Dogs that are more susceptible to infections include:

  1. Dogs with injured paw pads
  2. Dogs with compromised immune systems
  3. Dogs with poor health

Regularly checking your dog's paws can help you catch any potential issues early.

Related Reading: How Big Will My Puppy Get? Can Their Paws Determine It?


clean your dogs paws after going on a walk

If the corn chip smell from your dog's paws is accompanied by other symptoms such as redness, swelling, or excessive licking, it's crucial to seek veterinary care. These symptoms may indicate an overgrowth of bacteria or yeast, leading to a condition known as pododermatitis.

Your vet will likely conduct a thorough examination and may perform tests to identify the specific microorganisms causing the issue.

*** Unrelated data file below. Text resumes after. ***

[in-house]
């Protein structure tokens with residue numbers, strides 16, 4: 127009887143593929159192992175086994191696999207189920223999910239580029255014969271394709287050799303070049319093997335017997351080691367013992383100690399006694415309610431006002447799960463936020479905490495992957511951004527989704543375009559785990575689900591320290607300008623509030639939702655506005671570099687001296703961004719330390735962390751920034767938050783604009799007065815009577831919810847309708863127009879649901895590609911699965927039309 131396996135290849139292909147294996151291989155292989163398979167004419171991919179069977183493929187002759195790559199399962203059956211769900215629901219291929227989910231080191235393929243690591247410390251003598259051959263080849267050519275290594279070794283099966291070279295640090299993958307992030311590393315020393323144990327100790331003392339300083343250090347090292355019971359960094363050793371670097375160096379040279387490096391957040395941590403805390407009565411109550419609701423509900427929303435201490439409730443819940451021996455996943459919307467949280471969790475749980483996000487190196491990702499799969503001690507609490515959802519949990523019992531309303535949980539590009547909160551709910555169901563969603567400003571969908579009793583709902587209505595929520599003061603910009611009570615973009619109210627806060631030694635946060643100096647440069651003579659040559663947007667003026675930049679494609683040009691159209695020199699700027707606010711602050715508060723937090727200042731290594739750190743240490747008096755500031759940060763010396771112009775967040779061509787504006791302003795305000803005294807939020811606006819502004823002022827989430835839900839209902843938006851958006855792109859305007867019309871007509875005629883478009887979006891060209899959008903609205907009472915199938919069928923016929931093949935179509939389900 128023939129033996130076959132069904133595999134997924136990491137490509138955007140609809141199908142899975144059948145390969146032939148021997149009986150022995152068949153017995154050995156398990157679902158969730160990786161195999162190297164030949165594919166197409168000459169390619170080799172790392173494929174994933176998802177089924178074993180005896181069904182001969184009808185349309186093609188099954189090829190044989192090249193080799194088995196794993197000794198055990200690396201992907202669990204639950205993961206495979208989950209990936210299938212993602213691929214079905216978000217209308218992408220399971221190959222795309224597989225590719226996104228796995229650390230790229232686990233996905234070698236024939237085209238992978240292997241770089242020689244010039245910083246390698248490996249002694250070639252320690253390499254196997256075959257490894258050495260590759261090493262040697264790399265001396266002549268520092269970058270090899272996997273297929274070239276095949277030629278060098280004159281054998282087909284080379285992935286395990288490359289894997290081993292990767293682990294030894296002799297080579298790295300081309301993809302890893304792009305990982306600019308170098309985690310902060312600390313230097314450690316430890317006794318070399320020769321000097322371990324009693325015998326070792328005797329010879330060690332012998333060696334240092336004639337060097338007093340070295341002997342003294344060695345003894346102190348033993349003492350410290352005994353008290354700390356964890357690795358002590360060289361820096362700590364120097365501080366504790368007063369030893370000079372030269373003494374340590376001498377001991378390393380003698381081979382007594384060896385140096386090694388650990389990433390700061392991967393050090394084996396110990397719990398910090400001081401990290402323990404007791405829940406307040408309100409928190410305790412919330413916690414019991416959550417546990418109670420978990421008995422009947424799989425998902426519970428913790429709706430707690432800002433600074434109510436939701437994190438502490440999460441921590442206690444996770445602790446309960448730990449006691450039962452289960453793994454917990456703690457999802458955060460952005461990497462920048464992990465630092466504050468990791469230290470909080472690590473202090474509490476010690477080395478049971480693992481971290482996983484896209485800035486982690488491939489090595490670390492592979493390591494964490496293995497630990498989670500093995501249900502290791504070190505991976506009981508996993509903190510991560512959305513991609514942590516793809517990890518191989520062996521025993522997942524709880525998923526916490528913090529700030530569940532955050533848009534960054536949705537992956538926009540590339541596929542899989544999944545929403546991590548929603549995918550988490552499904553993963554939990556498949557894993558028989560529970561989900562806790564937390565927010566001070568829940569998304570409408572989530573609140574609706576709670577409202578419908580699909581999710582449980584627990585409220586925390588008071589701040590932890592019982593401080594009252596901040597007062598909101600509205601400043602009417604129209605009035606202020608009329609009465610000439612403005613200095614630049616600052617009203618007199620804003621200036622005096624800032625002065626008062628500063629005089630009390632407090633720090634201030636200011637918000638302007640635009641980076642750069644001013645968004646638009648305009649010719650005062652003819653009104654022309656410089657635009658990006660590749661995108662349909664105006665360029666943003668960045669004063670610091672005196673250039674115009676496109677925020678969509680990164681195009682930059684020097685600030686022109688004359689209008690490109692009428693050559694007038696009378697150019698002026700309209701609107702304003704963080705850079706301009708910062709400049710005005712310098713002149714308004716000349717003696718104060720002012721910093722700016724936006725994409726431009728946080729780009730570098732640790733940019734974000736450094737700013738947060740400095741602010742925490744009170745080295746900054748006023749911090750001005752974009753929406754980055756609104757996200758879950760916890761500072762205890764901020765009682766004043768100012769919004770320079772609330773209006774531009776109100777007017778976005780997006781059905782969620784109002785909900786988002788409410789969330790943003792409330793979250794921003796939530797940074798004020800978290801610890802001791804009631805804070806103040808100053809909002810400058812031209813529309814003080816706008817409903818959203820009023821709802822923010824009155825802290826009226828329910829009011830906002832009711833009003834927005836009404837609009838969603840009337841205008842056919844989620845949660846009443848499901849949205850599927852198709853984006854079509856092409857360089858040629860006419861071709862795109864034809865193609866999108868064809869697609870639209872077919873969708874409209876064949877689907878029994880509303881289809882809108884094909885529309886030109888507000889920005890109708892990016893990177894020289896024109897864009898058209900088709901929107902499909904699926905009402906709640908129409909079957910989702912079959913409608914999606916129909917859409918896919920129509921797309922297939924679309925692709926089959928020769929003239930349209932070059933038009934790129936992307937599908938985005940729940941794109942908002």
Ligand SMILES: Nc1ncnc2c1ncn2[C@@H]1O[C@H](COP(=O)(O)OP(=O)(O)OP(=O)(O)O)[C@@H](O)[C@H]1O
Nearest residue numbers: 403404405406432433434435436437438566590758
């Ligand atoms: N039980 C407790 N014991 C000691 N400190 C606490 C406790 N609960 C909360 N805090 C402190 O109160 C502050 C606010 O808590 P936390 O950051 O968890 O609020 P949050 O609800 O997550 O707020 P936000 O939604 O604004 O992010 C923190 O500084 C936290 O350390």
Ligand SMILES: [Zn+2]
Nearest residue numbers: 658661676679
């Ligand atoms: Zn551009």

Treatment for pododermatitis varies depending on the underlying cause. If bacteria are the culprits, your vet may prescribe a course of antibiotics. For yeast infections, antifungal medications may be necessary. In some cases, both types of medications may be needed.

Topical treatments such as medicated shampoos, sprays, wipes or a mudbuster can also be beneficial in managing the corn chip smell. These products can help reduce the number of bacteria and yeast on your dog's paws, alleviating the smell and any associated symptoms.

In addition to medical treatments, your vet may recommend dietary changes. Some dogs may have food allergies or sensitivities that can contribute to skin conditions and the overgrowth of bacteria and yeast. A hypoallergenic or limited-ingredient diet can help identify food triggers and reduce symptoms.

Remember, while the corn chip smell is typically harmless, it's always best to consult a professional if you notice any changes in your pooch’s health or behavior. Early intervention can help prevent minor issues from becoming major problems.

Now, let's move on to how you can prevent the corn chip smell from becoming a persistent issue.

Related Reading: How to Teach a Dog to Wipe Their Paws


generally it is nothing to worry about if dog paws smell like corn chips